|Mar 02, 2018 08:08 PM||By: Guest Author | 11118 Views|
16 registered Japanese digital asset exchanges have merged to form a new body, directed at spontaneous self-regulation and uniform patterns across the business. “Virtual currency” trading has expanded in the world’s third-largest economy over the past year, as higher corporate and government inspection have taken the technology mainstream.
The new body, which hasn’t been formally named yet, was introduced a press conference in Tokyo on Friday afternoon by two of the industry’s most prominent spokespeople: Money Partners representative director Yasunori Okuyama, and bitFlyer CEO Yuzo Kano. Okuyama and Kano will become the chairman and vice chairman of the new body respectively.
“This is a turning point, where the industry grows one,” stated Kano, assigning to the various political lobbying groups that have expressed businesses over the past few years.
As TechCrunch Japan stated, it strives to be a self-regulating body, approved by Japanese regulator the Financial Services Agency (FSA). Although it would originally be made up of already-registered exchanges, organizations seeking official operating licenses could participate in the future, Okuyama announced.
The FSA began handing out official licenses to digital asset exchanges in September 2017. They combined Money Partners, QUOINEX, bitFlyer, (Zaif), Bitbank, GMO Coin, BTCBox, BitTrade and BitPoint. A new law passed in April 2017 requires “virtual currency exchanges” to obtain the certification in order to remain operating.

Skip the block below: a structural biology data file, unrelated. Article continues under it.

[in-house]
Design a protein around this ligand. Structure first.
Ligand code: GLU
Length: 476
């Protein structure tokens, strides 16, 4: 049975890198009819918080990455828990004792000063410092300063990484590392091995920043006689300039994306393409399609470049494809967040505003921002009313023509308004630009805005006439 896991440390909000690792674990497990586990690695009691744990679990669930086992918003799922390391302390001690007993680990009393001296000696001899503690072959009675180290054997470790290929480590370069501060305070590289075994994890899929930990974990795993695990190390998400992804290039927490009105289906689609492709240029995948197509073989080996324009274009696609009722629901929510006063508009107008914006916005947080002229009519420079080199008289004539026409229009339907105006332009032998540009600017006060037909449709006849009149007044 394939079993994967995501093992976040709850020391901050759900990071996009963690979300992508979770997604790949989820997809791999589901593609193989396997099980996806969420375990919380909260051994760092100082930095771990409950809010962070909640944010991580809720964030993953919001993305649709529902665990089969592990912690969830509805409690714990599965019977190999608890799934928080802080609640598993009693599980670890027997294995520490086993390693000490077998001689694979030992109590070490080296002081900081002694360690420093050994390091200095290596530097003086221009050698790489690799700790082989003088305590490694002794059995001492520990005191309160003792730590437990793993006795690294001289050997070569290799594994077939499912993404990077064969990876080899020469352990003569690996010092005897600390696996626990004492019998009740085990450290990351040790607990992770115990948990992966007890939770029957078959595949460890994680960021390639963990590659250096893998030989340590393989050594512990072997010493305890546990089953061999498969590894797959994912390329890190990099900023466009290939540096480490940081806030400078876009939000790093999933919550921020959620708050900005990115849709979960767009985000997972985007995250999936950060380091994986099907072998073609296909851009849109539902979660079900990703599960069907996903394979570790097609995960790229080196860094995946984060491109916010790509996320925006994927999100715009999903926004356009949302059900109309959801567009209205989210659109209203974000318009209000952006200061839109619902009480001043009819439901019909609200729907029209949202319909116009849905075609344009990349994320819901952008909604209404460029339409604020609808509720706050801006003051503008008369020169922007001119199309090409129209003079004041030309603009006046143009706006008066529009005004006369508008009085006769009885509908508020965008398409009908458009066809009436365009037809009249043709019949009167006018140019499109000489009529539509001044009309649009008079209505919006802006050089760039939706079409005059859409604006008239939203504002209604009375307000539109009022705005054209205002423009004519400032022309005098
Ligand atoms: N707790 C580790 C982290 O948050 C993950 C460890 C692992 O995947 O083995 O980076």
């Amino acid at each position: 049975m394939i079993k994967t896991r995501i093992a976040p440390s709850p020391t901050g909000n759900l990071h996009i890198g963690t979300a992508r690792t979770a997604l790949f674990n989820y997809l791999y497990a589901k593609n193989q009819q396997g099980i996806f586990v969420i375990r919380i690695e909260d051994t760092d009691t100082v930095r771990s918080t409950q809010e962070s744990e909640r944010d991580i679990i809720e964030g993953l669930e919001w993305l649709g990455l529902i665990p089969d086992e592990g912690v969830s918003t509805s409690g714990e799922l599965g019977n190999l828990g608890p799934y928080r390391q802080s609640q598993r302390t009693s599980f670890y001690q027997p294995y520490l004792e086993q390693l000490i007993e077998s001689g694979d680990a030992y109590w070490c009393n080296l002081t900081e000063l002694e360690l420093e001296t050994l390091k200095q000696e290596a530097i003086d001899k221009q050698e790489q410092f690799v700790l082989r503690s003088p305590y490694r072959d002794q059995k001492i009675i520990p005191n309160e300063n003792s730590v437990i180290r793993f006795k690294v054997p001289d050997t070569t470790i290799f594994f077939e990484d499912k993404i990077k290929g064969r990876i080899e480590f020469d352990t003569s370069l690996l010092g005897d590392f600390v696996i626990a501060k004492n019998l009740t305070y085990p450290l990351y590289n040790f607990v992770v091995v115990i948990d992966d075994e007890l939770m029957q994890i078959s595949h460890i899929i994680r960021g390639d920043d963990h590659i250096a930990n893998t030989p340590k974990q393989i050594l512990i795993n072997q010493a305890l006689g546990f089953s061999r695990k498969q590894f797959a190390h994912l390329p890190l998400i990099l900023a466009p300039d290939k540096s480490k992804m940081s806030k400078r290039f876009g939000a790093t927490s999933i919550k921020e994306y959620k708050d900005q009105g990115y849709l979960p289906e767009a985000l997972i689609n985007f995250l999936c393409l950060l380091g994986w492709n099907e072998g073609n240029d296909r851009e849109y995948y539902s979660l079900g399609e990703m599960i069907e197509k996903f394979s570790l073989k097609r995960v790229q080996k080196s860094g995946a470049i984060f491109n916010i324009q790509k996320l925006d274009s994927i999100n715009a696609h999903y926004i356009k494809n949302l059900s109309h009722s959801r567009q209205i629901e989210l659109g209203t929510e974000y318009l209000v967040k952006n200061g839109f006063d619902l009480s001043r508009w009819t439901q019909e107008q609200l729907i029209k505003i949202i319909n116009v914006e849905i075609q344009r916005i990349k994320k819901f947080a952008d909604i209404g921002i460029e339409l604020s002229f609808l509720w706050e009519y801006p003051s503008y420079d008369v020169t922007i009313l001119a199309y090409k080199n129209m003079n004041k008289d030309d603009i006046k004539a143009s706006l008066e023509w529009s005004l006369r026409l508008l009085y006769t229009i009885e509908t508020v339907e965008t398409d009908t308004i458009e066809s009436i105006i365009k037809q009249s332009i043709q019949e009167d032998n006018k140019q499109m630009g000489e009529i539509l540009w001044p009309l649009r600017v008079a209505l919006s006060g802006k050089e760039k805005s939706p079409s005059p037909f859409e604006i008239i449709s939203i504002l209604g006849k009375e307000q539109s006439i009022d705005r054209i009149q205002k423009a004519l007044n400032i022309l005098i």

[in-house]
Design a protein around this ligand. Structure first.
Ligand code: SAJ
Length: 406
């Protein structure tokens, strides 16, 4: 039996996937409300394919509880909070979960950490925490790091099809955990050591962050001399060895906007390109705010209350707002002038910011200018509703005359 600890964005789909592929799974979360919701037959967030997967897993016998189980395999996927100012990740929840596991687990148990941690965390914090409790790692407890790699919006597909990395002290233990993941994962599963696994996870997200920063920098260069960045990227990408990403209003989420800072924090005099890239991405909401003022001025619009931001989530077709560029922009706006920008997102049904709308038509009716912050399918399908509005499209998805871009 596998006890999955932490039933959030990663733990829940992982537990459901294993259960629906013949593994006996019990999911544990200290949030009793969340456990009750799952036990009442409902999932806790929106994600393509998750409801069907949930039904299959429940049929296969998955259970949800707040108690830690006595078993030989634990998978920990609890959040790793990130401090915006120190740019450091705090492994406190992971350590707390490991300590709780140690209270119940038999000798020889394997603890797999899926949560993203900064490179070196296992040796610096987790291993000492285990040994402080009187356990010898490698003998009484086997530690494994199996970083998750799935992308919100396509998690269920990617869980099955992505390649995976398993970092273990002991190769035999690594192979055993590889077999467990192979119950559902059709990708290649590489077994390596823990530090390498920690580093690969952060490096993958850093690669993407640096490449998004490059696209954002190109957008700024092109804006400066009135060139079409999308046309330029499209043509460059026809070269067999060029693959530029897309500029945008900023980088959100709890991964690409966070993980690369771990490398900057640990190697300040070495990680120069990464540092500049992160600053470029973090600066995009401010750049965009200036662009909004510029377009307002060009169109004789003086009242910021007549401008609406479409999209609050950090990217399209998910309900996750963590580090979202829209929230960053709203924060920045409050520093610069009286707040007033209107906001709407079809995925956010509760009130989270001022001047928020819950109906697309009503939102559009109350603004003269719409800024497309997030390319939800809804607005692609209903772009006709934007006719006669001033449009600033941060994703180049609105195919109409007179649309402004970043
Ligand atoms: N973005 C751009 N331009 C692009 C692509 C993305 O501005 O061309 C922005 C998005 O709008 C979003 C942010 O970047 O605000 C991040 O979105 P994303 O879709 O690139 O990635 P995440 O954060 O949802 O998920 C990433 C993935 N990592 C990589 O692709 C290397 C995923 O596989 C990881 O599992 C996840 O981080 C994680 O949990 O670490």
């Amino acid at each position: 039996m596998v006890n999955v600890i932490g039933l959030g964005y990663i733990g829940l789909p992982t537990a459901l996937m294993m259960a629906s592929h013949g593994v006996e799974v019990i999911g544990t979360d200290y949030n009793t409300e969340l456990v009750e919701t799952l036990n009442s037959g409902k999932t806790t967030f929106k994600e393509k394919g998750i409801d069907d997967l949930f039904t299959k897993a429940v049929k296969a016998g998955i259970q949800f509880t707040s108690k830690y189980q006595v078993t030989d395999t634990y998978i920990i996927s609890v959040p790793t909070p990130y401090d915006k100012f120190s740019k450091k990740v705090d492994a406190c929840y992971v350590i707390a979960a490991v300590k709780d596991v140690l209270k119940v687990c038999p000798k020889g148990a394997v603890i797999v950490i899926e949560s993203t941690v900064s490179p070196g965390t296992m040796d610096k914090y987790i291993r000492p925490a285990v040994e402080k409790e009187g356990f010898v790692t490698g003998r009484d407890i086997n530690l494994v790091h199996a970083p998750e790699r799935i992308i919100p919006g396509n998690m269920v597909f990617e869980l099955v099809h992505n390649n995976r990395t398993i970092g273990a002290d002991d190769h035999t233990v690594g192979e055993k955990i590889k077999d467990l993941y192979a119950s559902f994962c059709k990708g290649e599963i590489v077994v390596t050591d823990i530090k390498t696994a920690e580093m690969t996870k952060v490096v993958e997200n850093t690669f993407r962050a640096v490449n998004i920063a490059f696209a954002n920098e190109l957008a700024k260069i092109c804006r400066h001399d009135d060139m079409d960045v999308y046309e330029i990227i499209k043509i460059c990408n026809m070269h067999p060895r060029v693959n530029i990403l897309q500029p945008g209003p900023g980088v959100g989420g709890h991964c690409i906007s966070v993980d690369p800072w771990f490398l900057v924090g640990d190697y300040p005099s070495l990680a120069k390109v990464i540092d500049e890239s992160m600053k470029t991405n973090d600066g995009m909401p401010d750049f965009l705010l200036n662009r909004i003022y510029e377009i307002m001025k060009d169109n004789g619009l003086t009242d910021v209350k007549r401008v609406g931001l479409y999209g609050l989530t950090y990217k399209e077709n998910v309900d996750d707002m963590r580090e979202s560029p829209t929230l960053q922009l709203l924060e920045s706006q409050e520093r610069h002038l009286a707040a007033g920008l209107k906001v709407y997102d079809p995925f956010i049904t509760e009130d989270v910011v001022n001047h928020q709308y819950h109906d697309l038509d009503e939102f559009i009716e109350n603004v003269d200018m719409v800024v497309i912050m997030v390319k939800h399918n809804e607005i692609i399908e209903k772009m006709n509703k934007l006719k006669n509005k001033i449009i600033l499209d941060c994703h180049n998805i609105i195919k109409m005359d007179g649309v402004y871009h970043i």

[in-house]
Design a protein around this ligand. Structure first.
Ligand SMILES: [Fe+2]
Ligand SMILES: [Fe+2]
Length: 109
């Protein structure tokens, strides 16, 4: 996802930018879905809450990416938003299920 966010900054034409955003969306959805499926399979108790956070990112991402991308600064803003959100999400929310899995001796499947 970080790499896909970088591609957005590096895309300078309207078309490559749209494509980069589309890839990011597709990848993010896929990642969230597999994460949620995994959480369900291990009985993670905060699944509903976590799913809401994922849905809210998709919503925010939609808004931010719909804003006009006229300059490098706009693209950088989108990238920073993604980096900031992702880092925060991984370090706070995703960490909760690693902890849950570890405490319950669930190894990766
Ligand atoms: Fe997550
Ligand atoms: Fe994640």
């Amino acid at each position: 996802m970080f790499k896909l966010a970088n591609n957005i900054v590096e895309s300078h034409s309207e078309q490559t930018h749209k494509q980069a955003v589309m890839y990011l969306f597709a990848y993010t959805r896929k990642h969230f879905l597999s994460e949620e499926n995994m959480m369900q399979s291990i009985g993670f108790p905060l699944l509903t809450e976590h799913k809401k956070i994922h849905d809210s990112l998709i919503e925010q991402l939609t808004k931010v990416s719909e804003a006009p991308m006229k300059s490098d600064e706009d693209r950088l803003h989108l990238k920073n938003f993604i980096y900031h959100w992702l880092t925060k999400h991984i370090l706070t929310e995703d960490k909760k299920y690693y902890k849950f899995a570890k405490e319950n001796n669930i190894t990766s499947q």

Since then, there has been private grumbling from some industry members that the government was becoming too heavy-handed and intrusive in its regulation. Exchange users have been made to perform detailed questionnaires about their identities, trading activities, occupations and incomes — under threat of having their accounts suspended for not complying.
The law’s primary intent was for the industry to self-regulate. However, that has also been uncertain, with companies breaking to form rival bodies.
Advocacy group Japan Authority of Digital Asset (JADA) started as far back as 2014 to lobby for proper government regulation in the wake of the Mt. Gox debacle earlier that year. JADA later morphed into the Japan Blockchain Association (JBA) which battled for attention with the Japan Cryptocurrency Business Association (JBCA).
The new body will complement, rather than replace, the two others — which will remain operating with their respective members rather than merging, as stated previously.
The news comes just weeks after a major hack at Japanese digital asset exchange Coincheck, which saw a huge USD 500 million worth of NEM tokens disappear from “hot” wallets.
TechCrunch reporter Akio Hoshi asked Kano if self-regulation would be sufficient at stopping similar hacks in the future. He responded that the Coincheck incident still isn’t completely understood, but measures like multi-sig and cold wallet storage should be performed by all, as well as selection of existing security standards like the credit card industry’s PCI DSS.
Other self-regulatory rules would likely concern employee conduct, promotion standards, anti-money laundering and counter-terrorism financing, plus order book and compensation rules.
Cryptocurrency and digital asset trading has expanded in Japan since the start of official regulation last year. JPY is now one of the most-used fiat currencies for crypto trading, and researchers have proposed middle-aged Japanese men are the world’s largest crypto trading demographic.